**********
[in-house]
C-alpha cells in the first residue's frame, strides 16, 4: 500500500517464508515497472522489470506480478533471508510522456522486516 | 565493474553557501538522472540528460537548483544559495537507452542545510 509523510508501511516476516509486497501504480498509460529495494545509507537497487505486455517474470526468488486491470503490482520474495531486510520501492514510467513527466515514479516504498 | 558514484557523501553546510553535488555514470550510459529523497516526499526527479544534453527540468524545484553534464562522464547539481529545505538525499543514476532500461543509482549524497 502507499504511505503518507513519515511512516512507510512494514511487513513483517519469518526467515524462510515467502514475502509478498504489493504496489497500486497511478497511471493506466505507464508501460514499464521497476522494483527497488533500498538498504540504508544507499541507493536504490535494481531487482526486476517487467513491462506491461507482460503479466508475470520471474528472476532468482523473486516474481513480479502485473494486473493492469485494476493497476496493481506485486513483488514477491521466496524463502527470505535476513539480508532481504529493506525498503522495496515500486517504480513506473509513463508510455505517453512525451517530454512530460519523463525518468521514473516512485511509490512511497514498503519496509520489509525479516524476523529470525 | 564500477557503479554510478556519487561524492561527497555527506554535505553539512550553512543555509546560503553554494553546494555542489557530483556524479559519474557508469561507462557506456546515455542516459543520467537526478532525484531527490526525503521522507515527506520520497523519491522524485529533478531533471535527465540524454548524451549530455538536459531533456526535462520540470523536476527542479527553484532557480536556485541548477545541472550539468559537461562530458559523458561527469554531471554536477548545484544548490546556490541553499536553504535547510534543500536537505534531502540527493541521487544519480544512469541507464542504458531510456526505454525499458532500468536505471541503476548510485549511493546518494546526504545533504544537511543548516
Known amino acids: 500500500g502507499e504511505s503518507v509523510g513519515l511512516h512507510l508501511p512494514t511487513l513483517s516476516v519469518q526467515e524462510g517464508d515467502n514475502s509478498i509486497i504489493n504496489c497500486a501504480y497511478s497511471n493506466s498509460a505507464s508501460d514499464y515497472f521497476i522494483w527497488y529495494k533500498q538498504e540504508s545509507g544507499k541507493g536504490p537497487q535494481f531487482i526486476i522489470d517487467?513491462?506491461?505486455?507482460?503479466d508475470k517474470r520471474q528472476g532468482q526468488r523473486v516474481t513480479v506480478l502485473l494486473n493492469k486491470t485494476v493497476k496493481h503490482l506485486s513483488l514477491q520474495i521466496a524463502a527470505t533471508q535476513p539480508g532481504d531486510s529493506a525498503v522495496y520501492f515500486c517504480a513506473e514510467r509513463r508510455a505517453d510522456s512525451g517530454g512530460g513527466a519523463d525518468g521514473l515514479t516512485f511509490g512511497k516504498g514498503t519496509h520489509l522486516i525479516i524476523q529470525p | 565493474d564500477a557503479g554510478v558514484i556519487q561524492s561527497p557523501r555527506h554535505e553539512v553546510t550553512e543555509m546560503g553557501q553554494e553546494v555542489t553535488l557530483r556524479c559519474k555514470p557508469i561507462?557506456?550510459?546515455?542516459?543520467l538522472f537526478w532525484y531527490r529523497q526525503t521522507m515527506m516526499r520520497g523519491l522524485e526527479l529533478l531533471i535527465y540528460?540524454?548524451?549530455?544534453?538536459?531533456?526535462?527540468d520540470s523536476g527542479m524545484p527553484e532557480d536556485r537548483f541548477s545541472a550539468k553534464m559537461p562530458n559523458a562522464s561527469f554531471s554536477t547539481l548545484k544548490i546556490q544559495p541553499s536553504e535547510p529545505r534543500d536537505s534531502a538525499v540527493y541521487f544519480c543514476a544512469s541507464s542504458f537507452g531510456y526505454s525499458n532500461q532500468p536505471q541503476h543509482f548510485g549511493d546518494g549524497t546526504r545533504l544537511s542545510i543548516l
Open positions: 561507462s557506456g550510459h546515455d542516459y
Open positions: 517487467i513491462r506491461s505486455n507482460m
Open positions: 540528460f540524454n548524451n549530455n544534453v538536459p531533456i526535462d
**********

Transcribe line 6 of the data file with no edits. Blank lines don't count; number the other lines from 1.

Open positions: 540528460f540524454n548524451n549530455n544534453v538536459p531533456i526535462d